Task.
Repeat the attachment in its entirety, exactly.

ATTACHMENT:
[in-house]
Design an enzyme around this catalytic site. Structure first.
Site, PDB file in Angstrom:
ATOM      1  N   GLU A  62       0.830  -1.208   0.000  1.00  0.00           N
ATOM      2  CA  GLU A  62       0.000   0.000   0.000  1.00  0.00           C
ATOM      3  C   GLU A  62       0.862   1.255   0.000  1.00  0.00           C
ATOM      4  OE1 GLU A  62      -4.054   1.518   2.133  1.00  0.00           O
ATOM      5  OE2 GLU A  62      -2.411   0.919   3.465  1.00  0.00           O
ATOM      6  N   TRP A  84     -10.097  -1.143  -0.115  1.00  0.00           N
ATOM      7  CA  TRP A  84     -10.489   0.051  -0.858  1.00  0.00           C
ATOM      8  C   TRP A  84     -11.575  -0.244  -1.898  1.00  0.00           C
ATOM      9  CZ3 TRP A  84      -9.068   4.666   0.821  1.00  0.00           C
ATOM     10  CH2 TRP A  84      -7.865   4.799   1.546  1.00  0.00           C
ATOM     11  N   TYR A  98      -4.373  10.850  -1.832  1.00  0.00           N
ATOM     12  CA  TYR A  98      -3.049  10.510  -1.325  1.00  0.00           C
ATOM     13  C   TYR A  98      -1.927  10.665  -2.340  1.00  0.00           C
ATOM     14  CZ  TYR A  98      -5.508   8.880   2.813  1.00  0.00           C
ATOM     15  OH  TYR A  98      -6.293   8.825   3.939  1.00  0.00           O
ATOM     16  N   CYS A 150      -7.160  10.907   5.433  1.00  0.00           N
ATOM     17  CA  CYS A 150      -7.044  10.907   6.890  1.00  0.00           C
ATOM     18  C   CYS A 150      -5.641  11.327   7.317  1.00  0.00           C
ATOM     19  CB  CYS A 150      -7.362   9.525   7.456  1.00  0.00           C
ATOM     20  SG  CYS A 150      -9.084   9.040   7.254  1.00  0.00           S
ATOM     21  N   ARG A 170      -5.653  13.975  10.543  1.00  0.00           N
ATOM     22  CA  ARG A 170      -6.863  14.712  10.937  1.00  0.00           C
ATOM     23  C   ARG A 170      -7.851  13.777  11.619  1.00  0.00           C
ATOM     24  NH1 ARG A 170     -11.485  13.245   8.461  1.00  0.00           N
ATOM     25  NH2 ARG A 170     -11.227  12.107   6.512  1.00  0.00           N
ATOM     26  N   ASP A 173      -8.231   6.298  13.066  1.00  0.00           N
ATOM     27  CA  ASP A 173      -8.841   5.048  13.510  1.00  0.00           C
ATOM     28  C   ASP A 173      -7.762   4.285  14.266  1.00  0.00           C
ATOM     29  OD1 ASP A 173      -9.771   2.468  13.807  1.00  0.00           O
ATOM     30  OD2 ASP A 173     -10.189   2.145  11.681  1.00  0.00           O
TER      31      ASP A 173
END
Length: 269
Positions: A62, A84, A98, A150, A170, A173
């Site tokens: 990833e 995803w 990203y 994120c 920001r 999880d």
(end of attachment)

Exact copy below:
[in-house]
Design an enzyme around this catalytic site. Structure first.
Site, PDB file in Angstrom:
ATOM      1  N   GLU A  62       0.830  -1.208   0.000  1.00  0.00           N
ATOM      2  CA  GLU A  62       0.000   0.000   0.000  1.00  0.00           C
ATOM      3  C   GLU A  62       0.862   1.255   0.000  1.00  0.00           C
ATOM      4  OE1 GLU A  62      -4.054   1.518   2.133  1.00  0.00           O
ATOM      5  OE2 GLU A  62      -2.411   0.919   3.465  1.00  0.00           O
ATOM      6  N   TRP A  84     -10.097  -1.143  -0.115  1.00  0.00           N
ATOM      7  CA  TRP A  84     -10.489   0.051  -0.858  1.00  0.00           C
ATOM      8  C   TRP A  84     -11.575  -0.244  -1.898  1.00  0.00           C
ATOM      9  CZ3 TRP A  84      -9.068   4.666   0.821  1.00  0.00           C
ATOM     10  CH2 TRP A  84      -7.865   4.799   1.546  1.00  0.00           C
ATOM     11  N   TYR A  98      -4.373  10.850  -1.832  1.00  0.00           N
ATOM     12  CA  TYR A  98      -3.049  10.510  -1.325  1.00  0.00           C
ATOM     13  C   TYR A  98      -1.927  10.665  -2.340  1.00  0.00           C
ATOM     14  CZ  TYR A  98      -5.508   8.880   2.813  1.00  0.00           C
ATOM     15  OH  TYR A  98      -6.293   8.825   3.939  1.00  0.00           O
ATOM     16  N   CYS A 150      -7.160  10.907   5.433  1.00  0.00           N
ATOM     17  CA  CYS A 150      -7.044  10.907   6.890  1.00  0.00           C
ATOM     18  C   CYS A 150      -5.641  11.327   7.317  1.00  0.00           C
ATOM     19  CB  CYS A 150      -7.362   9.525   7.456  1.00  0.00           C
ATOM     20  SG  CYS A 150      -9.084   9.040   7.254  1.00  0.00           S
ATOM     21  N   ARG A 170      -5.653  13.975  10.543  1.00  0.00           N
ATOM     22  CA  ARG A 170      -6.863  14.712  10.937  1.00  0.00           C
ATOM     23  C   ARG A 170      -7.851  13.777  11.619  1.00  0.00           C
ATOM     24  NH1 ARG A 170     -11.485  13.245   8.461  1.00  0.00           N
ATOM     25  NH2 ARG A 170     -11.227  12.107   6.512  1.00  0.00           N
ATOM     26  N   ASP A 173      -8.231   6.298  13.066  1.00  0.00           N
ATOM     27  CA  ASP A 173      -8.841   5.048  13.510  1.00  0.00           C
ATOM     28  C   ASP A 173      -7.762   4.285  14.266  1.00  0.00           C
ATOM     29  OD1 ASP A 173      -9.771   2.468  13.807  1.00  0.00           O
ATOM     30  OD2 ASP A 173     -10.189   2.145  11.681  1.00  0.00           O
TER      31      ASP A 173
END
Length: 269
Positions: A62, A84, A98, A150, A170, A173
């Site tokens: 990833e 995803w 990203y 994120c 920001r 999880d």